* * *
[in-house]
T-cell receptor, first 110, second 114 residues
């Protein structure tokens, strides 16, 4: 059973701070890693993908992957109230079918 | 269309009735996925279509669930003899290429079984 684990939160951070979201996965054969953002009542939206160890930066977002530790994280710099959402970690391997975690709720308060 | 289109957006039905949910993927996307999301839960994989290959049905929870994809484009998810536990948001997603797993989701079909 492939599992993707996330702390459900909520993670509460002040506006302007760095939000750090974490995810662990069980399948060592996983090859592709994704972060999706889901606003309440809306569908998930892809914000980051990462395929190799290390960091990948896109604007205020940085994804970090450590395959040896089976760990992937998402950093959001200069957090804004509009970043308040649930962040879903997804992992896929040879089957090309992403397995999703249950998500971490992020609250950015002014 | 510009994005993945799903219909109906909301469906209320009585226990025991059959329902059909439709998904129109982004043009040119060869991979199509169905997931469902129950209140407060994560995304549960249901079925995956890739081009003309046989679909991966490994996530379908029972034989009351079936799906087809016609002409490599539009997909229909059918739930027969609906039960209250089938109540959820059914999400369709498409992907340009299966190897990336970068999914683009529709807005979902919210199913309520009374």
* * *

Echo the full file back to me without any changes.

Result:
[in-house]
T-cell receptor, first 110, second 114 residues
């Protein structure tokens, strides 16, 4: 059973701070890693993908992957109230079918 | 269309009735996925279509669930003899290429079984 684990939160951070979201996965054969953002009542939206160890930066977002530790994280710099959402970690391997975690709720308060 | 289109957006039905949910993927996307999301839960994989290959049905929870994809484009998810536990948001997603797993989701079909 492939599992993707996330702390459900909520993670509460002040506006302007760095939000750090974490995810662990069980399948060592996983090859592709994704972060999706889901606003309440809306569908998930892809914000980051990462395929190799290390960091990948896109604007205020940085994804970090450590395959040896089976760990992937998402950093959001200069957090804004509009970043308040649930962040879903997804992992896929040879089957090309992403397995999703249950998500971490992020609250950015002014 | 510009994005993945799903219909109906909301469906209320009585226990025991059959329902059909439709998904129109982004043009040119060869991979199509169905997931469902129950209140407060994560995304549960249901079925995956890739081009003309046989679909991966490994996530379908029972034989009351079936799906087809016609002409490599539009997909229909059918739930027969609906039960209250089938109540959820059914999400369709498409992907340009299966190897990336970068999914683009529709807005979902919210199913309520009374």